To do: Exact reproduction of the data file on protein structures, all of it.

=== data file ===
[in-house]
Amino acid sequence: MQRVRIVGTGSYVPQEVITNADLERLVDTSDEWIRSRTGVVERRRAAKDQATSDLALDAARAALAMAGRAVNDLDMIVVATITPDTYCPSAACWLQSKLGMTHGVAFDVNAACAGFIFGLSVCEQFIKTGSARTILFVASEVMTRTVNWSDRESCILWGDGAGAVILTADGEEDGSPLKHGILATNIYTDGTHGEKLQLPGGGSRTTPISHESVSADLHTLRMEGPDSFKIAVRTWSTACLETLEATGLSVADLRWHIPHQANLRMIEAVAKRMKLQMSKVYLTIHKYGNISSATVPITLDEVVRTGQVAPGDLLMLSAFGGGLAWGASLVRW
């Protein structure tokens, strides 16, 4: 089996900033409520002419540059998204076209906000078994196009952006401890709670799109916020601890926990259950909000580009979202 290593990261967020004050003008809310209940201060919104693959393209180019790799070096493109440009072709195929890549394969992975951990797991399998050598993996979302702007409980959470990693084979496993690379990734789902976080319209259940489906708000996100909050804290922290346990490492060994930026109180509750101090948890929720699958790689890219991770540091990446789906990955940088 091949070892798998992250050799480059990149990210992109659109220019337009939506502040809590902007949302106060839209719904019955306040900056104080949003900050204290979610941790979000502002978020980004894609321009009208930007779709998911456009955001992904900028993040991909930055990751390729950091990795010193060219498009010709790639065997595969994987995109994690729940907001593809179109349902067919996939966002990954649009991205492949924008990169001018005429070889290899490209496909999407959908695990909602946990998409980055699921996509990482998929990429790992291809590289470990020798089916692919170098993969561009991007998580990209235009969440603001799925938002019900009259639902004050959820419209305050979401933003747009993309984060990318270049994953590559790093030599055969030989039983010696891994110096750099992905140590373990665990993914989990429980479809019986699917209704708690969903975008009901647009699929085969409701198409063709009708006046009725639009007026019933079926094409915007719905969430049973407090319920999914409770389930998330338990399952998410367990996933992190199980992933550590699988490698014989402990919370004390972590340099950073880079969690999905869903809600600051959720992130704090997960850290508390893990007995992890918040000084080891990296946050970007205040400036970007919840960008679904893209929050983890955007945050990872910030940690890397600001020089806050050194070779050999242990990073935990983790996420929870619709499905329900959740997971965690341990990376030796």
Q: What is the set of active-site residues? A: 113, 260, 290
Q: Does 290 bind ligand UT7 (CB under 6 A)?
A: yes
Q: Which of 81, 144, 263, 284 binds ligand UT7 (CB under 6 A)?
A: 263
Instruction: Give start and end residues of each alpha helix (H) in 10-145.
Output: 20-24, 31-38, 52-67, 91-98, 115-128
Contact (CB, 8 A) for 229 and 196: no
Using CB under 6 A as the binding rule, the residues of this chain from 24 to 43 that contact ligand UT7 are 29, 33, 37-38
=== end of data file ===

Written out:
[in-house]
Amino acid sequence: MQRVRIVGTGSYVPQEVITNADLERLVDTSDEWIRSRTGVVERRRAAKDQATSDLALDAARAALAMAGRAVNDLDMIVVATITPDTYCPSAACWLQSKLGMTHGVAFDVNAACAGFIFGLSVCEQFIKTGSARTILFVASEVMTRTVNWSDRESCILWGDGAGAVILTADGEEDGSPLKHGILATNIYTDGTHGEKLQLPGGGSRTTPISHESVSADLHTLRMEGPDSFKIAVRTWSTACLETLEATGLSVADLRWHIPHQANLRMIEAVAKRMKLQMSKVYLTIHKYGNISSATVPITLDEVVRTGQVAPGDLLMLSAFGGGLAWGASLVRW
């Protein structure tokens, strides 16, 4: 089996900033409520002419540059998204076209906000078994196009952006401890709670799109916020601890926990259950909000580009979202 290593990261967020004050003008809310209940201060919104693959393209180019790799070096493109440009072709195929890549394969992975951990797991399998050598993996979302702007409980959470990693084979496993690379990734789902976080319209259940489906708000996100909050804290922290346990490492060994930026109180509750101090948890929720699958790689890219991770540091990446789906990955940088 091949070892798998992250050799480059990149990210992109659109220019337009939506502040809590902007949302106060839209719904019955306040900056104080949003900050204290979610941790979000502002978020980004894609321009009208930007779709998911456009955001992904900028993040991909930055990751390729950091990795010193060219498009010709790639065997595969994987995109994690729940907001593809179109349902067919996939966002990954649009991205492949924008990169001018005429070889290899490209496909999407959908695990909602946990998409980055699921996509990482998929990429790992291809590289470990020798089916692919170098993969561009991007998580990209235009969440603001799925938002019900009259639902004050959820419209305050979401933003747009993309984060990318270049994953590559790093030599055969030989039983010696891994110096750099992905140590373990665990993914989990429980479809019986699917209704708690969903975008009901647009699929085969409701198409063709009708006046009725639009007026019933079926094409915007719905969430049973407090319920999914409770389930998330338990399952998410367990996933992190199980992933550590699988490698014989402990919370004390972590340099950073880079969690999905869903809600600051959720992130704090997960850290508390893990007995992890918040000084080891990296946050970007205040400036970007919840960008679904893209929050983890955007945050990872910030940690890397600001020089806050050194070779050999242990990073935990983790996420929870619709499905329900959740997971965690341990990376030796």
Q: What is the set of active-site residues? A: 113, 260, 290
Q: Does 290 bind ligand UT7 (CB under 6 A)?
A: yes
Q: Which of 81, 144, 263, 284 binds ligand UT7 (CB under 6 A)?
A: 263
Instruction: Give start and end residues of each alpha helix (H) in 10-145.
Output: 20-24, 31-38, 52-67, 91-98, 115-128
Contact (CB, 8 A) for 229 and 196: no
Using CB under 6 A as the binding rule, the residues of this chain from 24 to 43 that contact ligand UT7 are 29, 33, 37-38